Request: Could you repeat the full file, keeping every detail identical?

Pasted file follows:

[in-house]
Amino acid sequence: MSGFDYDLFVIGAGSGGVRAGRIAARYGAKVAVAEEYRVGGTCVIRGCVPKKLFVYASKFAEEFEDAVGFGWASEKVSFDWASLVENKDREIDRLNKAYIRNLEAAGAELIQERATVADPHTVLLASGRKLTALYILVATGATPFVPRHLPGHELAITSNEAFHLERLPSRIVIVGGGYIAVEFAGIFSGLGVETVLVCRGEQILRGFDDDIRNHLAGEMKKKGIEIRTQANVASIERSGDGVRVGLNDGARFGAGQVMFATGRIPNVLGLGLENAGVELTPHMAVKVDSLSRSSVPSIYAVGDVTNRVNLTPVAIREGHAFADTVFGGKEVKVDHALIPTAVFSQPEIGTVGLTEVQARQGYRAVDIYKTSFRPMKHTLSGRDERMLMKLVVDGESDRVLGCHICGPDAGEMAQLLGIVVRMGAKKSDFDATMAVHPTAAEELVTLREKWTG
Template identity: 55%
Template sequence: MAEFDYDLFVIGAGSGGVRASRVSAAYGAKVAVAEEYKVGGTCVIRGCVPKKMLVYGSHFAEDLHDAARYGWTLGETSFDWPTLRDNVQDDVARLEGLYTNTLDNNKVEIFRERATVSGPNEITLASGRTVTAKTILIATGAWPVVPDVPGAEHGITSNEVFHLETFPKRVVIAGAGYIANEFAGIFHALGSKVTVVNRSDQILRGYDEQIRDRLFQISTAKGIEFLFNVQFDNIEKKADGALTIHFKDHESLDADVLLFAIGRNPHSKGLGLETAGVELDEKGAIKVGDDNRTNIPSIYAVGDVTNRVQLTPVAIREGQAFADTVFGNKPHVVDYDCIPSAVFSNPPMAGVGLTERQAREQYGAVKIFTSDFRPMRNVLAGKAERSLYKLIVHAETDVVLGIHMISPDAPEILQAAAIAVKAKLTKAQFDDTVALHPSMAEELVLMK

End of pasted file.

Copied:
[in-house]
Amino acid sequence: MSGFDYDLFVIGAGSGGVRAGRIAARYGAKVAVAEEYRVGGTCVIRGCVPKKLFVYASKFAEEFEDAVGFGWASEKVSFDWASLVENKDREIDRLNKAYIRNLEAAGAELIQERATVADPHTVLLASGRKLTALYILVATGATPFVPRHLPGHELAITSNEAFHLERLPSRIVIVGGGYIAVEFAGIFSGLGVETVLVCRGEQILRGFDDDIRNHLAGEMKKKGIEIRTQANVASIERSGDGVRVGLNDGARFGAGQVMFATGRIPNVLGLGLENAGVELTPHMAVKVDSLSRSSVPSIYAVGDVTNRVNLTPVAIREGHAFADTVFGGKEVKVDHALIPTAVFSQPEIGTVGLTEVQARQGYRAVDIYKTSFRPMKHTLSGRDERMLMKLVVDGESDRVLGCHICGPDAGEMAQLLGIVVRMGAKKSDFDATMAVHPTAAEELVTLREKWTG
Template identity: 55%
Template sequence: MAEFDYDLFVIGAGSGGVRASRVSAAYGAKVAVAEEYKVGGTCVIRGCVPKKMLVYGSHFAEDLHDAARYGWTLGETSFDWPTLRDNVQDDVARLEGLYTNTLDNNKVEIFRERATVSGPNEITLASGRTVTAKTILIATGAWPVVPDVPGAEHGITSNEVFHLETFPKRVVIAGAGYIANEFAGIFHALGSKVTVVNRSDQILRGYDEQIRDRLFQISTAKGIEFLFNVQFDNIEKKADGALTIHFKDHESLDADVLLFAIGRNPHSKGLGLETAGVELDEKGAIKVGDDNRTNIPSIYAVGDVTNRVQLTPVAIREGQAFADTVFGNKPHVVDYDCIPSAVFSNPPMAGVGLTERQAREQYGAVKIFTSDFRPMRNVLAGKAERSLYKLIVHAETDVVLGIHMISPDAPEILQAAAIAVKAKLTKAQFDDTVALHPSMAEELVLMK